The times when a lack of money was an obstacle to running your own business are long gone. Crowdfunding has somehow become a phenomenon in the 21st century. The idea of crowdfunding has developed in a rapid pace and, surprisingly, it has been easily accepted by the society. Thanks to its fast growth, we now have several types of crowdfunding, which we can use depending on the needs of our product and target audience.
Types of crowdfunding – table of contents:
- Equity-based crowdfunding
- Rewards-based crowdfunding
- Pre-sales crowdfunding
- Debt-based crowdfunding
- Donation-based crowdfunding
- Types of crowdfunding – summary
The first business funding option is equity-based crowdfunding, which is also known as investment crowdfunding. As the name suggests, it is a certain way of investing money. The concept is relatively young since it has only been around for 11 years. This solution is frequently used by startups all over the world.
Thanks to it, it is possible to skip traditional ways of raising money for your business. Companies and startups which use equity-based crowdfunding don’t provide their investors with any rewards, but offer them shares instead. The method is so advantageous that everyone who’s interested can participate in it. Over time, as the value of your business increases, the acquired shares can be either sold or distributed as dividends (profit sharing).
It is interesting that entrepreneurs using equity-based crowdfunding aren’t allowed to raise more money than the amount declared at the beginning of the process. This is strictly connected with the number of shares of a given enterprise.
The greatest advantage of equity-based crowdfunding is the fact that it is a modern and advanced form of business funding, and simultaneously the best regulated in legal terms. Platforms that offer equity-based crowdfunding are Beesfund, Seedrs oraz Crowdcube.
It is considered as one of the most popular models of crowdfunding. An entrepreneur offers their donors specific goods or services in exchange for a financial support of a given project. Unlike in equity crowdfunding, investors here are not receiving an ownership stake of the company.
In most cases, the value of the offered reward isn’t proportional to the payment made, and it depends on the size of the deposited funds. It is usually an item related to a product or service, which thanks to Internet users, will be launched on the market, e.g. a poster or a video promoting the project.
Rewards-based crowdfunding works on the basis of two available models:
- flexible funding
In the first case, entrepreneurs don’t have to raise 100% of the specified amount, but only a part of it in order to be paid. However, they are still obliged to deliver rewards to their investors. Indiegogo, which is Kickstarter’s main rival, uses flexible funding model.
In the second situation, the creator must raise the entire amount by the end of the campaign. Otherwise, the collected funds are returned to the donors. This is how Kickstarter works.
This type of crowdfunding allows the creator to keep 100% of their stake in the project. It could be the creation and launch of a new technology, product or service.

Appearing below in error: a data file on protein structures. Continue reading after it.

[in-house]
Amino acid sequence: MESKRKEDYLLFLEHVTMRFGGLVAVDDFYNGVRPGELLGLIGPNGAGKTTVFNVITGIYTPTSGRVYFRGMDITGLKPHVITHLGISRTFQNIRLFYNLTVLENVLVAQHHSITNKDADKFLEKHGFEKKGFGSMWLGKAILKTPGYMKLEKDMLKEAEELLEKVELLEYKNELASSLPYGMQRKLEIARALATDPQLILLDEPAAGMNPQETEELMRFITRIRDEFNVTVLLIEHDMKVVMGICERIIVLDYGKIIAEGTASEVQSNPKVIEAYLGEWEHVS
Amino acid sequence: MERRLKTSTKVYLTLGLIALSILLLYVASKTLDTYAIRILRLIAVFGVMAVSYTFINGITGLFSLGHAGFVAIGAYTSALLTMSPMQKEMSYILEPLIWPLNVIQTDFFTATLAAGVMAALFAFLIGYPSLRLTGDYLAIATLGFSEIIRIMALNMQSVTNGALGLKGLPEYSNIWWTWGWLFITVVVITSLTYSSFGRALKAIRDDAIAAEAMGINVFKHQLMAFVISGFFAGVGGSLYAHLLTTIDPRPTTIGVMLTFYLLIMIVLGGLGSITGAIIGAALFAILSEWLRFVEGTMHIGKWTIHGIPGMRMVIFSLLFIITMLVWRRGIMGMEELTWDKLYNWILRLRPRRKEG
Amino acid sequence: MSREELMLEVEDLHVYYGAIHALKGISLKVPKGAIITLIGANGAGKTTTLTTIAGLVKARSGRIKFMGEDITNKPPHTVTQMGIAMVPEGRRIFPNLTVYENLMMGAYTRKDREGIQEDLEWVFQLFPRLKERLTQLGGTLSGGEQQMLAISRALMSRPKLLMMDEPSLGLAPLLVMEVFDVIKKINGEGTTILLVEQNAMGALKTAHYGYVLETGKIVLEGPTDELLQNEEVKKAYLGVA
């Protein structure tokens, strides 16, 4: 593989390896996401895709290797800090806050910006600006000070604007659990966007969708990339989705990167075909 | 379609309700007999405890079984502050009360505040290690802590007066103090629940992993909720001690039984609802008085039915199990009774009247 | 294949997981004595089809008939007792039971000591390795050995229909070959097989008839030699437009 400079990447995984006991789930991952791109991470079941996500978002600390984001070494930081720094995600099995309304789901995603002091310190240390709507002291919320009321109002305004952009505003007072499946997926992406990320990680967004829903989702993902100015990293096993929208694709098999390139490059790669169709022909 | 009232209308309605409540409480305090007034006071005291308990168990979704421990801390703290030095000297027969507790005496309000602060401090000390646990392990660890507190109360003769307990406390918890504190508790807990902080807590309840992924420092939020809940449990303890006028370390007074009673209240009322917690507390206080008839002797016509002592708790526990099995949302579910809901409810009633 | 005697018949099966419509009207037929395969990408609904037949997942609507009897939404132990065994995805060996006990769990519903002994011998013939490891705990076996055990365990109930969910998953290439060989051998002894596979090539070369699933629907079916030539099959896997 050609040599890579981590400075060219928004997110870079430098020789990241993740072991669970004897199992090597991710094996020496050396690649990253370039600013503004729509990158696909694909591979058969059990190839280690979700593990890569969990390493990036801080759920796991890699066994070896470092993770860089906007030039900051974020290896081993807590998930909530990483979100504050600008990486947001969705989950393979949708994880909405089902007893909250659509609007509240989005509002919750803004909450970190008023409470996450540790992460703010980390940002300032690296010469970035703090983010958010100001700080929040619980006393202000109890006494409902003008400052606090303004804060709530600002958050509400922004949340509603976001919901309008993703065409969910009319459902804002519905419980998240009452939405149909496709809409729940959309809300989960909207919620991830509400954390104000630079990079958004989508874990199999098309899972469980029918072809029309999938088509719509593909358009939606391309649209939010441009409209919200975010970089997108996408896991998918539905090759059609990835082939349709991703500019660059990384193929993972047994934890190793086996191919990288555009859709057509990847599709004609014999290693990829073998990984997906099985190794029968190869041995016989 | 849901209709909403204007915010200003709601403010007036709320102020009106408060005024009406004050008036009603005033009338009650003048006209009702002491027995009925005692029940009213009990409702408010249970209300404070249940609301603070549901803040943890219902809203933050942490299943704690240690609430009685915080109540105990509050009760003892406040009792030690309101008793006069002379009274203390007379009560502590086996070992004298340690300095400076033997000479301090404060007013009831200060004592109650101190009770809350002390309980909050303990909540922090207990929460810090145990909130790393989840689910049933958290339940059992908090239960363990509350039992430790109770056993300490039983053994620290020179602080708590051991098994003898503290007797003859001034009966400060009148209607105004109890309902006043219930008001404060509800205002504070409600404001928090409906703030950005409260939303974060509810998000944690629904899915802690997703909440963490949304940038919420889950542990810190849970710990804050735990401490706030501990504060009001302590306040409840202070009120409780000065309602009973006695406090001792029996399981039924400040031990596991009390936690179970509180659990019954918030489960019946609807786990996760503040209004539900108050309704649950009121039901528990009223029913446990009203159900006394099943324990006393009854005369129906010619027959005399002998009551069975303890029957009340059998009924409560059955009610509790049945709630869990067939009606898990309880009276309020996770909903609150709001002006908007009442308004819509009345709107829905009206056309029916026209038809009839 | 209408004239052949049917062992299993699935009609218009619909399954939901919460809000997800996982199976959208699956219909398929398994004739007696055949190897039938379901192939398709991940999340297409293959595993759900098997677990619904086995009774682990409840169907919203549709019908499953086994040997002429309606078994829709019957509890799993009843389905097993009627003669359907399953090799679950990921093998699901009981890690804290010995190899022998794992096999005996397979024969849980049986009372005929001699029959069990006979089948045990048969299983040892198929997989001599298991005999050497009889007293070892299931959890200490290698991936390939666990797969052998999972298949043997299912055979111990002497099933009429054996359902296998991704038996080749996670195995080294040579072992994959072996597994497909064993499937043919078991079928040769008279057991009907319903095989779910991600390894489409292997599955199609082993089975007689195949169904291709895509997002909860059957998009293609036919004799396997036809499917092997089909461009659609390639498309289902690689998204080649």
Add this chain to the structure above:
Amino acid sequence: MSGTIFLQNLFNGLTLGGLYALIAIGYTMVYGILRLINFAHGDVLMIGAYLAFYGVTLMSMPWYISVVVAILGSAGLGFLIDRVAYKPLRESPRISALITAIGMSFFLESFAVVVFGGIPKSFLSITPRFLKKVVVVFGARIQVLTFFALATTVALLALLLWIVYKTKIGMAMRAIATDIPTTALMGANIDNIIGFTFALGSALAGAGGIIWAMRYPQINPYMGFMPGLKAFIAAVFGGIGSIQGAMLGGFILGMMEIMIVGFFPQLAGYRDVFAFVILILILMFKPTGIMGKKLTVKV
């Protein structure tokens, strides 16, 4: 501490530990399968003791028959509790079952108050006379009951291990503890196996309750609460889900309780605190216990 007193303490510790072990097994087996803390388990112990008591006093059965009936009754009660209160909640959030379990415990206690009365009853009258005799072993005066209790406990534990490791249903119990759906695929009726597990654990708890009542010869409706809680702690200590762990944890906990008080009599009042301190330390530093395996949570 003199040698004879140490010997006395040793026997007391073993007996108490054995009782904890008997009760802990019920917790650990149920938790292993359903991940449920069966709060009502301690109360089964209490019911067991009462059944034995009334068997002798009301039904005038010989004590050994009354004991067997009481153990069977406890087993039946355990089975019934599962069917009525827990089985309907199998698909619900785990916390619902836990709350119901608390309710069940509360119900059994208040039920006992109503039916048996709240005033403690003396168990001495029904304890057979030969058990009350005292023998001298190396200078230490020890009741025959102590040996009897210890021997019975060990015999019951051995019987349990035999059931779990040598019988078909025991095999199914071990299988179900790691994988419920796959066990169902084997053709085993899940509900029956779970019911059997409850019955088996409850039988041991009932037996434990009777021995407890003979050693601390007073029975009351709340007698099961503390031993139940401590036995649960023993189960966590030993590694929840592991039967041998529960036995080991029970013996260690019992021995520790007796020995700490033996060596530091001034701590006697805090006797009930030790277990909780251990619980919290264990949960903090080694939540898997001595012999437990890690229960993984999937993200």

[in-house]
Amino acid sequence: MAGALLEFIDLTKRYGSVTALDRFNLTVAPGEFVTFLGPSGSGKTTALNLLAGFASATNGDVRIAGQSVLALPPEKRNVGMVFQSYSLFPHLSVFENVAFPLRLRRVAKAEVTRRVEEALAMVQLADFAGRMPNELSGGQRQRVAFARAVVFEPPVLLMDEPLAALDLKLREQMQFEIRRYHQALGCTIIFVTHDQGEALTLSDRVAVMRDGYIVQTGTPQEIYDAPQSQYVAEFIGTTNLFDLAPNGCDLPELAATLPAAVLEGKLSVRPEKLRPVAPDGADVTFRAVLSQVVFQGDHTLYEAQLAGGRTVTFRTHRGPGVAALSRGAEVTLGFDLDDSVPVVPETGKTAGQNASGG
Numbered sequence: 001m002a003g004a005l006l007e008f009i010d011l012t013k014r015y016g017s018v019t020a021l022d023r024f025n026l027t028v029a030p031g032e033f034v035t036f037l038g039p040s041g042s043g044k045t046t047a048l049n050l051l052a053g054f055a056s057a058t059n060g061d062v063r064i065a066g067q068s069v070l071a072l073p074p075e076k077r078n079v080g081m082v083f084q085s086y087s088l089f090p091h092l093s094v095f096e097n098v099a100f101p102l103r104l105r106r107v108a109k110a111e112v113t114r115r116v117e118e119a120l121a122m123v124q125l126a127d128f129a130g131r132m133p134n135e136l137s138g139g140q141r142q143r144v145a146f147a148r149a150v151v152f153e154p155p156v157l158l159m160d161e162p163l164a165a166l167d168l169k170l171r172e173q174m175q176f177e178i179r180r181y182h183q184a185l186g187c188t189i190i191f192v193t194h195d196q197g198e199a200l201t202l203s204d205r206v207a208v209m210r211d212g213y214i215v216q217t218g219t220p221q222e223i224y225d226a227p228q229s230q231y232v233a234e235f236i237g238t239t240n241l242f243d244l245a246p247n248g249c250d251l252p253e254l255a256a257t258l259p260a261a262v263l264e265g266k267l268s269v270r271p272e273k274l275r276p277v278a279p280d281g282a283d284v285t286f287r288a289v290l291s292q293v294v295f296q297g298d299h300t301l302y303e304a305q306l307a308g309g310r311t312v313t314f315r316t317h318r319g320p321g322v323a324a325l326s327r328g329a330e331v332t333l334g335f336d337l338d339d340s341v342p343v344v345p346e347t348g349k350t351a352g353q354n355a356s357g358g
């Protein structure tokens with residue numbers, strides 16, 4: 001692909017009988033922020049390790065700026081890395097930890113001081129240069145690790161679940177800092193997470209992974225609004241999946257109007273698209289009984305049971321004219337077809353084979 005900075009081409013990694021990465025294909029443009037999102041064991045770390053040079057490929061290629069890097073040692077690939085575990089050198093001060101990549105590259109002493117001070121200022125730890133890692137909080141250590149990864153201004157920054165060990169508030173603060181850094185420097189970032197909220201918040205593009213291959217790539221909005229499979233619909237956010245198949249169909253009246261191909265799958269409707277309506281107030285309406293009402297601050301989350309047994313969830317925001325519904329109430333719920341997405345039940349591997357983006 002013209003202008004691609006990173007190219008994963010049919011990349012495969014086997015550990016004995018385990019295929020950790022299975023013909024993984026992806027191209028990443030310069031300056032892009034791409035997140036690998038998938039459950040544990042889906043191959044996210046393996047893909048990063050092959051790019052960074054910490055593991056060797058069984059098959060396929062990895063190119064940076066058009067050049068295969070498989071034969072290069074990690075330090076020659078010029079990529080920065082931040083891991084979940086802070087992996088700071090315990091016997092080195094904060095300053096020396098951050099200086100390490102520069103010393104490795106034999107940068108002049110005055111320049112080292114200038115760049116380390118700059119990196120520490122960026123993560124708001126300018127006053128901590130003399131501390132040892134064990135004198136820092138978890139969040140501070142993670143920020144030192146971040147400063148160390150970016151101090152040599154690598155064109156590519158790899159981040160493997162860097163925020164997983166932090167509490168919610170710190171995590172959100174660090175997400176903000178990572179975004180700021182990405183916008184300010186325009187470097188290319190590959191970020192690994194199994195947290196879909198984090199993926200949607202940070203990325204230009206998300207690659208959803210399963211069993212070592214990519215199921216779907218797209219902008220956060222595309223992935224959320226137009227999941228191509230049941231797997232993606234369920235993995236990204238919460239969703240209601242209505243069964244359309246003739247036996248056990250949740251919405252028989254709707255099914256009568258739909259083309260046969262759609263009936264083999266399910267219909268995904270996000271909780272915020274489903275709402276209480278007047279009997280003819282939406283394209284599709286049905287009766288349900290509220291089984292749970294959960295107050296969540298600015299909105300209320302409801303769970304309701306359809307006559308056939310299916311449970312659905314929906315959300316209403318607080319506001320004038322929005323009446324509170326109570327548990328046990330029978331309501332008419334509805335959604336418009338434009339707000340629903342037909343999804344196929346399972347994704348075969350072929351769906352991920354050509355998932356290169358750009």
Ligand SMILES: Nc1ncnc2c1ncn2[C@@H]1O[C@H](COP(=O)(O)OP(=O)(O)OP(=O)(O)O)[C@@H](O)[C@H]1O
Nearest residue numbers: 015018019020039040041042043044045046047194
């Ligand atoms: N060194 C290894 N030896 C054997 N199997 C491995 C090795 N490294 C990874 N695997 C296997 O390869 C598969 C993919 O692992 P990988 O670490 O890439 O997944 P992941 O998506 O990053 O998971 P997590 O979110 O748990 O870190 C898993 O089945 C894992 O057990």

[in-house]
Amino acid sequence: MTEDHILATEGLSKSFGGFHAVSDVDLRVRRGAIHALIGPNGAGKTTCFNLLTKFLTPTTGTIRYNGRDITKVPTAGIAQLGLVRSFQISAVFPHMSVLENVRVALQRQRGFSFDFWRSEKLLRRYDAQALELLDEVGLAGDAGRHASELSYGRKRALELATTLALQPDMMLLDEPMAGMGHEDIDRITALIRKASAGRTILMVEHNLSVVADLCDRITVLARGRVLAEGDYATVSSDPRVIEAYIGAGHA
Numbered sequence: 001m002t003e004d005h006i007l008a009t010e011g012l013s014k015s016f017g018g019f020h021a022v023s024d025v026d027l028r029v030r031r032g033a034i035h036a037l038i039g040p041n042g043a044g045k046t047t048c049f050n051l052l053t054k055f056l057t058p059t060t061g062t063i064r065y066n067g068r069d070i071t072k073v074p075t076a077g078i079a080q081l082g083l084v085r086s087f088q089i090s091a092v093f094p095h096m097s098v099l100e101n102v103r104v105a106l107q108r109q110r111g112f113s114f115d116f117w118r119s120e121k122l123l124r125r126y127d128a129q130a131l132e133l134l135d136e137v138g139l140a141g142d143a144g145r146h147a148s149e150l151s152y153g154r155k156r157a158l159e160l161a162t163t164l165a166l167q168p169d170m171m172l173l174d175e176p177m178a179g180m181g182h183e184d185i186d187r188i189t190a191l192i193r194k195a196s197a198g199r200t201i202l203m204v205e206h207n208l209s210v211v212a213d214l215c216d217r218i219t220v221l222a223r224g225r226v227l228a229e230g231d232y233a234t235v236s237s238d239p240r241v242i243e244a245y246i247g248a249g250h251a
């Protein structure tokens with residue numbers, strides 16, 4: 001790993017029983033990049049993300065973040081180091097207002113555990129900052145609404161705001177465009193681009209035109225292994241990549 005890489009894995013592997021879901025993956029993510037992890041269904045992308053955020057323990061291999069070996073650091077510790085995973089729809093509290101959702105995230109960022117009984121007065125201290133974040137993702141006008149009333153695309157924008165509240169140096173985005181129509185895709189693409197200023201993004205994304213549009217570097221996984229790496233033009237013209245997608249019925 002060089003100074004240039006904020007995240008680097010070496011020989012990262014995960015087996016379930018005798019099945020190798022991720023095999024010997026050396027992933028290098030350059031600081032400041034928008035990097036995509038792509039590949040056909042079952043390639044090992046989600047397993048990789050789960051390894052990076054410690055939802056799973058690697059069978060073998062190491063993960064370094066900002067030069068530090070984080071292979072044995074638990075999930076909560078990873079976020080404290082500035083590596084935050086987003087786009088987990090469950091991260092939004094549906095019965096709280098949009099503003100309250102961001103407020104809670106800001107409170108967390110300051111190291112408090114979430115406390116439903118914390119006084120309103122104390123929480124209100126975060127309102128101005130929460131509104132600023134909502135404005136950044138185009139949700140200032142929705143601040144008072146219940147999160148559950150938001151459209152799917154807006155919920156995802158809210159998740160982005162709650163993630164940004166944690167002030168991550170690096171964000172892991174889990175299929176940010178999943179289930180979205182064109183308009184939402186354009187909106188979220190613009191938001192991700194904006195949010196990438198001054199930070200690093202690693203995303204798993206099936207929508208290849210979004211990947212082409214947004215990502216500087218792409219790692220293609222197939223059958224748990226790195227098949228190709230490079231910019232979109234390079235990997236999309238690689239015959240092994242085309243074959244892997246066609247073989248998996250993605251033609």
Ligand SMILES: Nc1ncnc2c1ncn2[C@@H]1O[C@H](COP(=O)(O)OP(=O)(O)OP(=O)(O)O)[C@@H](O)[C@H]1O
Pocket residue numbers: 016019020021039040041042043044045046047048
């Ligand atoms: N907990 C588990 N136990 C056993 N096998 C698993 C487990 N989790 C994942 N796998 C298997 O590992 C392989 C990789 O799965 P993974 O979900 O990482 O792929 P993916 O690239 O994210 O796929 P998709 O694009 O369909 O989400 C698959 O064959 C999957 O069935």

American crowdfunding site Kickstarter.com uses the all-or-nothing model.
If the creator manages to raise 100% or more, the entire amount is transferred to their account and the project can be started. However, when the creator overestimates the potential of their campaign, the collected funds go back to the donors.
In this case, investors help the venture to come into being on the Internet. They don’t receive shares and perspectives of later financial profits in contrast to equity crowdfunding. It is also worth mentioning that Kickstarter earns a commission of 5% from the raised amount. If the campaign is not successful, its creator will not be charged any fees.
Debt-based crowdfunding is also known as peer-to-peer lending and crowdlending. To put it in a nutshell, this crowdfunding option is similar to a loan and allows you to get high amounts of funding without the need to dispose of any equity in your business. In exchange for their money, investors usually require a binding agreement to repay the amount that they give you within a certain period of time.
Debt-based crowdfunding is a better business funding option than traditional loans from a bank, as it doesn’t require a mountain of demanding paperwork.
Lending platforms play a purely control function here – they assess the entrepreneur’s financial credibility , determine the interest rate, and also process the applications with regard to legal issues.
It should be noted that only 10% of submitted applications are approved for further processing. Platforms that use debt-based crowdfunding are Zopa and Mintos.
It is the only funding method that doesn’t guarantee any benefits. This particular form of crowdfunding is commonly used for charities and social causes. Donors can only count on the organizer’s sincere gratitude in return for their financial support. On of the most popular platforms related to this type of crowdfunding is Causes.com.
Types of crowdfunding – summary
When choosing a model of crowdfunding, it’s worth considering what form of support a specific project needs. Regardless of its type, crowdfunding is an attractive way of raising funds since it has a global reach and involves a large community. It constitutes a great alternative to all kinds of loans and grants, therefore it brings a number of benefits to the development of economy.
You’ve now learned what types of crowdfunding are. Read also: 2 popular crowdfunding regulations that you must know